It is a real time-saver and helps ensure standard configurations on our platforms. Yes you do have some time invested in building the source machine(s) the way you want, configuring them, and running sysprep so you don't have to mess with duplicate SID's on your stations (XP or Vista). If you forget to do that, you would have to go back and use the NewSid utility to reset them....
There are a wide-variety of enterprise class ways to capture and deploy images. Some of the more popular are Symantec's Norton Ghost, Acronis True Image, and Novell's ZenWorks imaging. There are also a number of popular Linux-based products.
Freeware Imaging Solutions?
While the enterprise-class image/clone applications are very battle-tested and robust, they often carry large price-tags and can be a bit intimidating for home users (or SOHO users) to approach.
There are a number of free imaging solutions on the Net, here are just a few (in no particular order) each with their own techniques and limitations.
- Device Image
- Partition Saving
- g4u - Harddisk Image Cloning for PCs
- Synergix imageIT
- DriveImage XML
- Self Image
- Miray Software - HDClone
- Clone Maxx
- EASEUS Disk Copy
- Seagate Technology - DiscWizard
- Seagate Technology - MaxBlast 5
- Linux general usage:
- Using a Linux Live CD to clone XP - JustLinux Forums
- How to migrate XP, Vista, Linux, BSD and Solaris to a bigger hard disk - JustLinux Forums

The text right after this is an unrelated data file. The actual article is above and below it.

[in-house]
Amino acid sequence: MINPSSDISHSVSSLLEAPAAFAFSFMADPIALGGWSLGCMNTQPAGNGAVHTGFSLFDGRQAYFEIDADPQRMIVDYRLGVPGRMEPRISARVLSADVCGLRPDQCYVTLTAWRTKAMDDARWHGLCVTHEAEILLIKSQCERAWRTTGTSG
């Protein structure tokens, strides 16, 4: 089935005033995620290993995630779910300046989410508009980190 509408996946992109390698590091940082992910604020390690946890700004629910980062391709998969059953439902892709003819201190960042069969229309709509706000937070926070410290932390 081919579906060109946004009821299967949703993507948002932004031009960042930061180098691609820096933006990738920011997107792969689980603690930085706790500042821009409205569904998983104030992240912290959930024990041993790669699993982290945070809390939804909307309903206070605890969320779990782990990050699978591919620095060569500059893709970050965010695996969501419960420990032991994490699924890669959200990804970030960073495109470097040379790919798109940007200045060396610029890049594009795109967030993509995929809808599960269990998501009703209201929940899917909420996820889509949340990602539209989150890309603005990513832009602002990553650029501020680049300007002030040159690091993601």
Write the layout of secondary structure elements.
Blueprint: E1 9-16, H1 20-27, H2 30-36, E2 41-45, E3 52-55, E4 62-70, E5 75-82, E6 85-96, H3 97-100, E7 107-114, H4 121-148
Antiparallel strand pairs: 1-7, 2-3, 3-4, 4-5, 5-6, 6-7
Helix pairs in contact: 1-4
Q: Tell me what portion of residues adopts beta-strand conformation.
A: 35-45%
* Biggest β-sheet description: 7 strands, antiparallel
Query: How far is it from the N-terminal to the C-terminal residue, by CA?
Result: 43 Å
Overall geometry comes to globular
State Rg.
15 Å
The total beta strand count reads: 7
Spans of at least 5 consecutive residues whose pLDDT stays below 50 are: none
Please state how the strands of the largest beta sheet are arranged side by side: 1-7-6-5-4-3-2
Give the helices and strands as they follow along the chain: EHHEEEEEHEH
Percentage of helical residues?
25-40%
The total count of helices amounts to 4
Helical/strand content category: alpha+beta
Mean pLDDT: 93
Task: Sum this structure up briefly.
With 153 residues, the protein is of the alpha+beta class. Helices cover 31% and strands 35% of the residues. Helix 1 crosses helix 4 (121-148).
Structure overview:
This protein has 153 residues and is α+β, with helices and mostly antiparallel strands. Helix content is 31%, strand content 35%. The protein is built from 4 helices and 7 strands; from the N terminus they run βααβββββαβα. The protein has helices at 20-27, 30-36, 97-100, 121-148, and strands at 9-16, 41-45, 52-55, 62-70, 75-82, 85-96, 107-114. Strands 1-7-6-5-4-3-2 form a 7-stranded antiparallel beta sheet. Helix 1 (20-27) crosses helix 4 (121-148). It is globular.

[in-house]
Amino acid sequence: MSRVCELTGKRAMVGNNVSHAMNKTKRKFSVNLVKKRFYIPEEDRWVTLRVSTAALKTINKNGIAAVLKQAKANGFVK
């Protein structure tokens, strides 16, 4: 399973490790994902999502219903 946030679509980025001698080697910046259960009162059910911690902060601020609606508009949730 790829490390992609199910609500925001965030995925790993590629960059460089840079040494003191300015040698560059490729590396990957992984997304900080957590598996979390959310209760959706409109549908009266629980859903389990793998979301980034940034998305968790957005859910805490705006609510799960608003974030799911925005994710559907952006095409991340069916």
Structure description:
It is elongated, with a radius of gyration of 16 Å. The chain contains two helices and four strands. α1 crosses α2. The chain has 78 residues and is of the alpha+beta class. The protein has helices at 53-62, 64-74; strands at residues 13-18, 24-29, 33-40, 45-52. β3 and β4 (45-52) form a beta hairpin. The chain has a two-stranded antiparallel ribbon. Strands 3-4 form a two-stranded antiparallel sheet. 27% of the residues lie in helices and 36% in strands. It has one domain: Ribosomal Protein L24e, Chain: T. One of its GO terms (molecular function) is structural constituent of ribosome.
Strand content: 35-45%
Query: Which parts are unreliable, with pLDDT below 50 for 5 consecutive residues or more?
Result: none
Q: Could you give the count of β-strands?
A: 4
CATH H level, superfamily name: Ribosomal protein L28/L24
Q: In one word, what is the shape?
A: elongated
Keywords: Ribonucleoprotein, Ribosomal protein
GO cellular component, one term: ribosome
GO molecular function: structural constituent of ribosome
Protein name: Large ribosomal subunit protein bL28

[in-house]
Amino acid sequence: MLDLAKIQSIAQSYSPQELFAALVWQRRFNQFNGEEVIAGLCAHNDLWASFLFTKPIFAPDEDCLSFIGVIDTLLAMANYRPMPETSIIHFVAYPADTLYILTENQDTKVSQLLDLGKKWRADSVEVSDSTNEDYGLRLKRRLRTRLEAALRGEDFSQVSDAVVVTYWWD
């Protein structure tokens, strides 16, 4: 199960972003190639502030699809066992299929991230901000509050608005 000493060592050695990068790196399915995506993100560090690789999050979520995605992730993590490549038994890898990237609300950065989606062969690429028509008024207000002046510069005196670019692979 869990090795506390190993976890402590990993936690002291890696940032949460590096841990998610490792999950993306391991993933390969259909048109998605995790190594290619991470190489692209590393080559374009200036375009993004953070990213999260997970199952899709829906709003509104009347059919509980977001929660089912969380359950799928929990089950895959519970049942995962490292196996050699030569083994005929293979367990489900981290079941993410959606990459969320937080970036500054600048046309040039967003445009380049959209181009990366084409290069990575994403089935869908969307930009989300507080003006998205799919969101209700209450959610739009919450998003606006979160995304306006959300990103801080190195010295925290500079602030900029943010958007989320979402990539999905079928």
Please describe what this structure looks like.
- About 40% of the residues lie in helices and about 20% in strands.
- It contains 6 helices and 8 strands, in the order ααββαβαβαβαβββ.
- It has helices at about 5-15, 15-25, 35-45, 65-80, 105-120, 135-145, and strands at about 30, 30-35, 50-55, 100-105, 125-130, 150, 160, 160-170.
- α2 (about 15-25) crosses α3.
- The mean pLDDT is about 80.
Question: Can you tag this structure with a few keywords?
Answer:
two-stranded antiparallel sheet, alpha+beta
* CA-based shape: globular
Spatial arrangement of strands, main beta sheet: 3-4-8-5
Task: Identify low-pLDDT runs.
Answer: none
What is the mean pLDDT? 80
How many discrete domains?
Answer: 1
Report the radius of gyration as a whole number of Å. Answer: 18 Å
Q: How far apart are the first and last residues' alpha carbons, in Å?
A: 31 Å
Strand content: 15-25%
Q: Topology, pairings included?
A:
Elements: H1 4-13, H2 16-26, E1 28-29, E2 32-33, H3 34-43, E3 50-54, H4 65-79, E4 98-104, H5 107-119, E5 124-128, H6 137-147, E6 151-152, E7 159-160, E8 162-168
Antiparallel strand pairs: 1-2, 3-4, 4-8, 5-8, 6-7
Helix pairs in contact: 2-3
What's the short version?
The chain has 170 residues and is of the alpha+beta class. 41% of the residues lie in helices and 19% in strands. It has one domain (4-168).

- Other applications and resources (free/$)
I have used Ghost extensively at work to image and restore drives. It is a solid tool that works well. I have used Seagate's DiscWizard ( Hard-Drive Hell and the DiscWizards; A Six-Act Play ) to clone my system when I upgraded my personal hard drive. I've used Altiris to lay images down at work (but not create), and we are just now starting to use "Clonezilla" as a high-speed imaging tool.
Clonezilla is noteworthy solution as it is freeware/open-source and based on Linux. (Sure, many are.)
However it is fast in capturing images and very, very fast in applying images back to target drives. Why? Well, instead of doing a sector-by-sector copy of the source drive, it only captures the used blocks on the disk. Not the unused space. This saves a bunch of time.It also supports "multi-casting" the image to multiple target machines at the same time. Very handy for project size deployments. Images may be "put-back" to a target from a CD/DVD, portable USB drive, or a network share.
This is something we are doing "locally" in our shop, and our "official" enterprise image and cloning solutions remain Ghost-based for now.
However, all this might change soon....Microsoft has waded into the image waters with a free utility for all.
...and that's coming up next!